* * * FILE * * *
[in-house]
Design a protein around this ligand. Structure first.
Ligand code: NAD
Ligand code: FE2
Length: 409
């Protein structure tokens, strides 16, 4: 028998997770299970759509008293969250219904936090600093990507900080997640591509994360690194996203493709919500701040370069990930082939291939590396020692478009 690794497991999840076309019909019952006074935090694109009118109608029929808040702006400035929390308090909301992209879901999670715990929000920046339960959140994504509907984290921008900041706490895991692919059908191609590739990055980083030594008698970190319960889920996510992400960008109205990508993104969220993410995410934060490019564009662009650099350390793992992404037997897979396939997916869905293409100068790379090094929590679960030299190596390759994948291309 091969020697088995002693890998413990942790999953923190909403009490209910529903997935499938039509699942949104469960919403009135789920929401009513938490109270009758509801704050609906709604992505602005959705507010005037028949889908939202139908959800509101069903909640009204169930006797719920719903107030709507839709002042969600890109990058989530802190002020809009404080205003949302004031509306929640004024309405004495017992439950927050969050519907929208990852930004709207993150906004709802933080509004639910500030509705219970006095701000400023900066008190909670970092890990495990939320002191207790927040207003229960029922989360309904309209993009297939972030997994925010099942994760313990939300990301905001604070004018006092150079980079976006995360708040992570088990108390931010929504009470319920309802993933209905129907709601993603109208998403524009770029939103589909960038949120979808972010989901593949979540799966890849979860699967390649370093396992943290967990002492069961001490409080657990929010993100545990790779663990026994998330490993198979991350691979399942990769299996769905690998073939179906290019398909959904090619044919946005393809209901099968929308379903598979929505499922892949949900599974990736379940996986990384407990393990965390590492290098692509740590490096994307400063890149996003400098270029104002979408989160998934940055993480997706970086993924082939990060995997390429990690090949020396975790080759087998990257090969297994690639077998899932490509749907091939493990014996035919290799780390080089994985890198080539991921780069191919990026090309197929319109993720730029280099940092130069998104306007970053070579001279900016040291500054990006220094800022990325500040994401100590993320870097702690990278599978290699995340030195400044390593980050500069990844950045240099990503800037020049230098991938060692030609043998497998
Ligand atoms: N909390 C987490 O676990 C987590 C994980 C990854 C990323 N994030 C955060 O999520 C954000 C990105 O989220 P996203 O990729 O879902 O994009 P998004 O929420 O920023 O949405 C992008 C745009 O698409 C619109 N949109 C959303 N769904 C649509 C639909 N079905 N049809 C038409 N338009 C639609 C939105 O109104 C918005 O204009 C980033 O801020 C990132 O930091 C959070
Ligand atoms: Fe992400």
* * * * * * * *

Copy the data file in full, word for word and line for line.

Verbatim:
[in-house]
Design a protein around this ligand. Structure first.
Ligand code: NAD
Ligand code: FE2
Length: 409
């Protein structure tokens, strides 16, 4: 028998997770299970759509008293969250219904936090600093990507900080997640591509994360690194996203493709919500701040370069990930082939291939590396020692478009 690794497991999840076309019909019952006074935090694109009118109608029929808040702006400035929390308090909301992209879901999670715990929000920046339960959140994504509907984290921008900041706490895991692919059908191609590739990055980083030594008698970190319960889920996510992400960008109205990508993104969220993410995410934060490019564009662009650099350390793992992404037997897979396939997916869905293409100068790379090094929590679960030299190596390759994948291309 091969020697088995002693890998413990942790999953923190909403009490209910529903997935499938039509699942949104469960919403009135789920929401009513938490109270009758509801704050609906709604992505602005959705507010005037028949889908939202139908959800509101069903909640009204169930006797719920719903107030709507839709002042969600890109990058989530802190002020809009404080205003949302004031509306929640004024309405004495017992439950927050969050519907929208990852930004709207993150906004709802933080509004639910500030509705219970006095701000400023900066008190909670970092890990495990939320002191207790927040207003229960029922989360309904309209993009297939972030997994925010099942994760313990939300990301905001604070004018006092150079980079976006995360708040992570088990108390931010929504009470319920309802993933209905129907709601993603109208998403524009770029939103589909960038949120979808972010989901593949979540799966890849979860699967390649370093396992943290967990002492069961001490409080657990929010993100545990790779663990026994998330490993198979991350691979399942990769299996769905690998073939179906290019398909959904090619044919946005393809209901099968929308379903598979929505499922892949949900599974990736379940996986990384407990393990965390590492290098692509740590490096994307400063890149996003400098270029104002979408989160998934940055993480997706970086993924082939990060995997390429990690090949020396975790080759087998990257090969297994690639077998899932490509749907091939493990014996035919290799780390080089994985890198080539991921780069191919990026090309197929319109993720730029280099940092130069998104306007970053070579001279900016040291500054990006220094800022990325500040994401100590993320870097702690990278599978290699995340030195400044390593980050500069990844950045240099990503800037020049230098991938060692030609043998497998
Ligand atoms: N909390 C987490 O676990 C987590 C994980 C990854 C990323 N994030 C955060 O999520 C954000 C990105 O989220 P996203 O990729 O879902 O994009 P998004 O929420 O920023 O949405 C992008 C745009 O698409 C619109 N949109 C959303 N769904 C649509 C639909 N079905 N049809 C038409 N338009 C639609 C939105 O109104 C918005 O204009 C980033 O801020 C990132 O930091 C959070
Ligand atoms: Fe992400």